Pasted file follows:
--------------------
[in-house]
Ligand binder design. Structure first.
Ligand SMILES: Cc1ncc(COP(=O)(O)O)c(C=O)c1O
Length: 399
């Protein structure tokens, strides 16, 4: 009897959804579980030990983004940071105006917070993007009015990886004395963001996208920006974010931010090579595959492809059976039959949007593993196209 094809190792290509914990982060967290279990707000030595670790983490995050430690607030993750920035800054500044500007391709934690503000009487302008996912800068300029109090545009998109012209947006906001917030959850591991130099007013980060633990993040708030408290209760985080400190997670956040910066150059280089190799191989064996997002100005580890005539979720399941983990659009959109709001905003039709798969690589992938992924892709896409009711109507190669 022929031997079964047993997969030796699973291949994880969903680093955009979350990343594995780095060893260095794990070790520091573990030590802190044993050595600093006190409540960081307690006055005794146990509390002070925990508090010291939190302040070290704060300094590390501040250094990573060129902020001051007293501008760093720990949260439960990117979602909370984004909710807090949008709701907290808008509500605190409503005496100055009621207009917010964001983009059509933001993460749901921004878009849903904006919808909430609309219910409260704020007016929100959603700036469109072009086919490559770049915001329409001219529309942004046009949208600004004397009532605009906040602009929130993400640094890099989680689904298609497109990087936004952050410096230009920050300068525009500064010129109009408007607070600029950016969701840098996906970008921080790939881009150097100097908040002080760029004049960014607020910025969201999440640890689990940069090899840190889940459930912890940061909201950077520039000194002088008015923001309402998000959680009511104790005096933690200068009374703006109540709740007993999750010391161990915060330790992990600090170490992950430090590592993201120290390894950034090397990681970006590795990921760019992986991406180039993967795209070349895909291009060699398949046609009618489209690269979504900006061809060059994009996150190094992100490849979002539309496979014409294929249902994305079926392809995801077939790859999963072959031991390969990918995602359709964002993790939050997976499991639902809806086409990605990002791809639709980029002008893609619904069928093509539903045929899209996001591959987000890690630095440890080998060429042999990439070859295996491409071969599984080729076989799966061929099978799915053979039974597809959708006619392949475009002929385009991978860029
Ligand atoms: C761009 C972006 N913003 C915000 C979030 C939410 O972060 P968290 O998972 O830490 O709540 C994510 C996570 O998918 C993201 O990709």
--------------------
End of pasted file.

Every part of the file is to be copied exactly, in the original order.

[in-house]
Ligand binder design. Structure first.
Ligand SMILES: Cc1ncc(COP(=O)(O)O)c(C=O)c1O
Length: 399
């Protein structure tokens, strides 16, 4: 009897959804579980030990983004940071105006917070993007009015990886004395963001996208920006974010931010090579595959492809059976039959949007593993196209 094809190792290509914990982060967290279990707000030595670790983490995050430690607030993750920035800054500044500007391709934690503000009487302008996912800068300029109090545009998109012209947006906001917030959850591991130099007013980060633990993040708030408290209760985080400190997670956040910066150059280089190799191989064996997002100005580890005539979720399941983990659009959109709001905003039709798969690589992938992924892709896409009711109507190669 022929031997079964047993997969030796699973291949994880969903680093955009979350990343594995780095060893260095794990070790520091573990030590802190044993050595600093006190409540960081307690006055005794146990509390002070925990508090010291939190302040070290704060300094590390501040250094990573060129902020001051007293501008760093720990949260439960990117979602909370984004909710807090949008709701907290808008509500605190409503005496100055009621207009917010964001983009059509933001993460749901921004878009849903904006919808909430609309219910409260704020007016929100959603700036469109072009086919490559770049915001329409001219529309942004046009949208600004004397009532605009906040602009929130993400640094890099989680689904298609497109990087936004952050410096230009920050300068525009500064010129109009408007607070600029950016969701840098996906970008921080790939881009150097100097908040002080760029004049960014607020910025969201999440640890689990940069090899840190889940459930912890940061909201950077520039000194002088008015923001309402998000959680009511104790005096933690200068009374703006109540709740007993999750010391161990915060330790992990600090170490992950430090590592993201120290390894950034090397990681970006590795990921760019992986991406180039993967795209070349895909291009060699398949046609009618489209690269979504900006061809060059994009996150190094992100490849979002539309496979014409294929249902994305079926392809995801077939790859999963072959031991390969990918995602359709964002993790939050997976499991639902809806086409990605990002791809639709980029002008893609619904069928093509539903045929899209996001591959987000890690630095440890080998060429042999990439070859295996491409071969599984080729076989799966061929099978799915053979039974597809959708006619392949475009002929385009991978860029
Ligand atoms: C761009 C972006 N913003 C915000 C979030 C939410 O972060 P968290 O998972 O830490 O709540 C994510 C996570 O998918 C993201 O990709």